ON FUKUSHIMA ANNIVERSARY: TIME TO INVESTIGATE GINA McCARTHY

FOR IMMEDIATE RELEASE MARCH 11, 2013
Contact: Nancy Burton, NancyBurtonCT@aol.com

Gina McCarthy’s release of only four emails concerning the Fukushima nuclear disaster in response to a Freedom of Information request – two on March 11, 2011, when it began and two a day later, both heavily redacted – raise grounds for her investigation, not nomination, a Connecticut anti-nuclear organization said today.

On March 4, 2013, President Obama nominated McCarthy, who has served as head of EPA’s Office of Air and Radiation since 2009, to become head of EPA. She has yet to undergo a Senate confirmation hearing.

“Gina McCarthy’s handling of the Fukushima crisis as EPA’s chief of radiation protection demonstrates she is not qualified for that position,” said Nancy Burton, director of the Connecticut Coalition Against Millstone.

EPA’s own Inspector General issued a scathing report which found that McCarthy’s management of the nation’s air monitoring network was seriously deficient and many stations inoperable in the immediate aftermath of the triple nuclear meltdown at Fukushima commencing two years ago today. (See “Weaknesses in EPA’s Management of the Radiation Network System Demand Attention,”
http://www.epa.gov/oig/reports/2012/20120419-12-P-0417.pdf.)

The limited air monitoring system detected Fukushima fallout in the U.S., particularly in Hawaii, Alaska and the West Coast but extending across the nation to Vermont and Connecticut. Fukushima fallout was detected in milk in Vermont and rainwater in Hartford, Connecticut.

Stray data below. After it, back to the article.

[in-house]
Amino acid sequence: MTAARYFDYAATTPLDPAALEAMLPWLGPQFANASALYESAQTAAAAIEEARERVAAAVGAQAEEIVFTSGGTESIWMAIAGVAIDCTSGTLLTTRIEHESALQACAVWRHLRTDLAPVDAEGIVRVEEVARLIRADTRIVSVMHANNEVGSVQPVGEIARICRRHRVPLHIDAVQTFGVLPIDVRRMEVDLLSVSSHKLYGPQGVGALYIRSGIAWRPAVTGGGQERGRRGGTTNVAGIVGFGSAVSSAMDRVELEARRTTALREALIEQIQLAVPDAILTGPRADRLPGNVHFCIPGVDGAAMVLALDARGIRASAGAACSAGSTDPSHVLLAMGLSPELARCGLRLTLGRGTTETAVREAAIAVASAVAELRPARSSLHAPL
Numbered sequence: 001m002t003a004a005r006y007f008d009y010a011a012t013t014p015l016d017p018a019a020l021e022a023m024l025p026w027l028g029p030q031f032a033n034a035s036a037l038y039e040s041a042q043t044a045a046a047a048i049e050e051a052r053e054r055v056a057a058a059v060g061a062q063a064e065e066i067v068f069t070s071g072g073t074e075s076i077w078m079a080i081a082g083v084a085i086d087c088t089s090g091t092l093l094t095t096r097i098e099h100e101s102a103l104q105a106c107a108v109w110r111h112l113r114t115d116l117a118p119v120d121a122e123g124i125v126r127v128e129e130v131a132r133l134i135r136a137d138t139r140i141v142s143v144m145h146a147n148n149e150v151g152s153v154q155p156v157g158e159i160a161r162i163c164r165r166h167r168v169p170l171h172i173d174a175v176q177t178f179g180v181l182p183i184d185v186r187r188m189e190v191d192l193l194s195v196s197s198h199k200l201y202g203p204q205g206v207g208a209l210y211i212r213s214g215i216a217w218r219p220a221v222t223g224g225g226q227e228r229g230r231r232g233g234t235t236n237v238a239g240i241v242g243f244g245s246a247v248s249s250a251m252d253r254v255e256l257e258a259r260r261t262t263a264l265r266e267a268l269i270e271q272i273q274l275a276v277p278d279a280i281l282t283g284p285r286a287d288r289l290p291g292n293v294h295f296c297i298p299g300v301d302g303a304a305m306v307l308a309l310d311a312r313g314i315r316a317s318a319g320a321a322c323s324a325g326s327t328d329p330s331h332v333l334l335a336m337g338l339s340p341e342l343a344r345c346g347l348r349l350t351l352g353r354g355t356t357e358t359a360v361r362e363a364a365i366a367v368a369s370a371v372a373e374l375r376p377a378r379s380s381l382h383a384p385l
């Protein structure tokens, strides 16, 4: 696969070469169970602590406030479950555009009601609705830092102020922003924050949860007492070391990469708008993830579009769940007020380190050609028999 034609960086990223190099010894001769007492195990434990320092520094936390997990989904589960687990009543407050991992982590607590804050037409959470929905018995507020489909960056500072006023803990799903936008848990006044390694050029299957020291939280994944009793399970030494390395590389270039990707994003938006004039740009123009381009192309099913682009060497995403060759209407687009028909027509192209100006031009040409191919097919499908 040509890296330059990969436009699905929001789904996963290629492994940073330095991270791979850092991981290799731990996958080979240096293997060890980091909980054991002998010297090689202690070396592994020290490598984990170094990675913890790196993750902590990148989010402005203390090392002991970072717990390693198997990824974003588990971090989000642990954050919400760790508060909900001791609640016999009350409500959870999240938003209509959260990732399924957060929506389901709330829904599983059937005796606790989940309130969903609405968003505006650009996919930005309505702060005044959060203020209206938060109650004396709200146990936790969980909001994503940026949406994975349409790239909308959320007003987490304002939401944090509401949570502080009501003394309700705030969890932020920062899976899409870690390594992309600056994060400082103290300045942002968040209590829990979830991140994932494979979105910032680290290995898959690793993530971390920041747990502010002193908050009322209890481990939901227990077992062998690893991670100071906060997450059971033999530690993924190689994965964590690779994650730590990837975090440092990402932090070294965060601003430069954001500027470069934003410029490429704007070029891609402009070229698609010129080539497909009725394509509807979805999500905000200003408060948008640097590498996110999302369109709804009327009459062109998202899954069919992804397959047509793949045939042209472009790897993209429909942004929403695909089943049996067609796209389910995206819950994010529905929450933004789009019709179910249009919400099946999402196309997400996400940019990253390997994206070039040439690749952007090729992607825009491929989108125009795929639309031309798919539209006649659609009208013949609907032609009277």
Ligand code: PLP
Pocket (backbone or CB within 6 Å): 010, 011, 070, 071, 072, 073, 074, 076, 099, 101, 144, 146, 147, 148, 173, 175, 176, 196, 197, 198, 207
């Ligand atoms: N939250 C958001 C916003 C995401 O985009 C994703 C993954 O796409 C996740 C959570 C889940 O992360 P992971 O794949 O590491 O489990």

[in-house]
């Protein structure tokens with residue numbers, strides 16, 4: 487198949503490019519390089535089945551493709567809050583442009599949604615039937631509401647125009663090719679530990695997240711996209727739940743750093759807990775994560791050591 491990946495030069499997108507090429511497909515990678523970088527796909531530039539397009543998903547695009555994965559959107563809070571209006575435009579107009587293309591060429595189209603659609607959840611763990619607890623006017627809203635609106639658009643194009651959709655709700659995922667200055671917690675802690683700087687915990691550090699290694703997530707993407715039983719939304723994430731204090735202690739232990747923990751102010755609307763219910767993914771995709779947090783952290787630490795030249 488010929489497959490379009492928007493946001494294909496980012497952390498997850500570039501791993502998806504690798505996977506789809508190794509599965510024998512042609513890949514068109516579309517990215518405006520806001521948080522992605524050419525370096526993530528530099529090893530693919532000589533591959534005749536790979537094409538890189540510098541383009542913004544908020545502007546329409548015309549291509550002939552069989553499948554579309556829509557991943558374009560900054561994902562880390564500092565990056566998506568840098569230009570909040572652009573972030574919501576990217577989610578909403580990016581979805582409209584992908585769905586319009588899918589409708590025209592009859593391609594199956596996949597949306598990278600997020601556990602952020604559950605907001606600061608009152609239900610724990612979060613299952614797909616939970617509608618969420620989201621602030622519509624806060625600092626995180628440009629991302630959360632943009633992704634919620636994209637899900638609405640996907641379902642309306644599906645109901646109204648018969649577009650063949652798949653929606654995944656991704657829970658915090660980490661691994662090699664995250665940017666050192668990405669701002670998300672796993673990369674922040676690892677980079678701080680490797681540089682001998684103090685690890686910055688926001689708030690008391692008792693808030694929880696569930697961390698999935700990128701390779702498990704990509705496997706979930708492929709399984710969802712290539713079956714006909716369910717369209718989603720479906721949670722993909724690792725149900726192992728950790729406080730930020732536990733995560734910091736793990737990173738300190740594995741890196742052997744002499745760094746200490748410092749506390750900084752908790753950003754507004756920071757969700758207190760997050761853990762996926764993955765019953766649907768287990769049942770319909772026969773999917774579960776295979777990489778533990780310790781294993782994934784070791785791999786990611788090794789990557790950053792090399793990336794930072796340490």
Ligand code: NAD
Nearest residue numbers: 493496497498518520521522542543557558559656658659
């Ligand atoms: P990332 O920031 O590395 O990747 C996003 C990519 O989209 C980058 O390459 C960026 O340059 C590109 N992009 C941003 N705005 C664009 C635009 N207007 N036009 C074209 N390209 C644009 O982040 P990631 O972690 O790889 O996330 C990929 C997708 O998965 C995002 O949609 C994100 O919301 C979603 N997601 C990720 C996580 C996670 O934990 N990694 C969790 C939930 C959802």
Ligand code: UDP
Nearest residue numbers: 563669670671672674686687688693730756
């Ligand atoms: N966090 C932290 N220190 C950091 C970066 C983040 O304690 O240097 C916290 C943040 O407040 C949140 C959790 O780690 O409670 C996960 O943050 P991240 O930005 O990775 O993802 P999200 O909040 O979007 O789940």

Burton filed a Freedom of Information request on June 12, 2012 seeking all of McCarthy’s emails and correspondence concerning radiation released by the Fukushima nuclear disaster.

In response, McCarthy released only 5 emails – 2 dated March 11, 2011 and 3 dated March 12, 2011.

In 4 of the emails, she redacted the name of the recipient.

In a March 12, 2012 email, McCarthy misspelled “Chernobyl.” Referring to the 1986 nuclear disaster in Ukraine, she spelled it “Chernoble.”

None of the emails released by McCarthy contained substantive information.

On December 27, 2012, Burton appealed from McCarthy’s disclosure to the EPA’s FOIA and Privacy Branch. No action has yet been taken on the appeal.

“McCarthy’s record of failing to provide even a minimal level of radiation monitoring during the Fukushima crisis – one of her primary responsibilities as EPA’s head of Air and Radiation – is more than deeply troubling,” Burton said.

“McCarthy’s obvious failure to provide full disclosure under the FOI Act reinforces concerns about her commitment to protect the American public from radiation exposure and detection,” Burton said.

“On this second anniversary of Fukushima, we call upon Congress to fully investigate McCarthy’s record on radiation protection,” Burton said.

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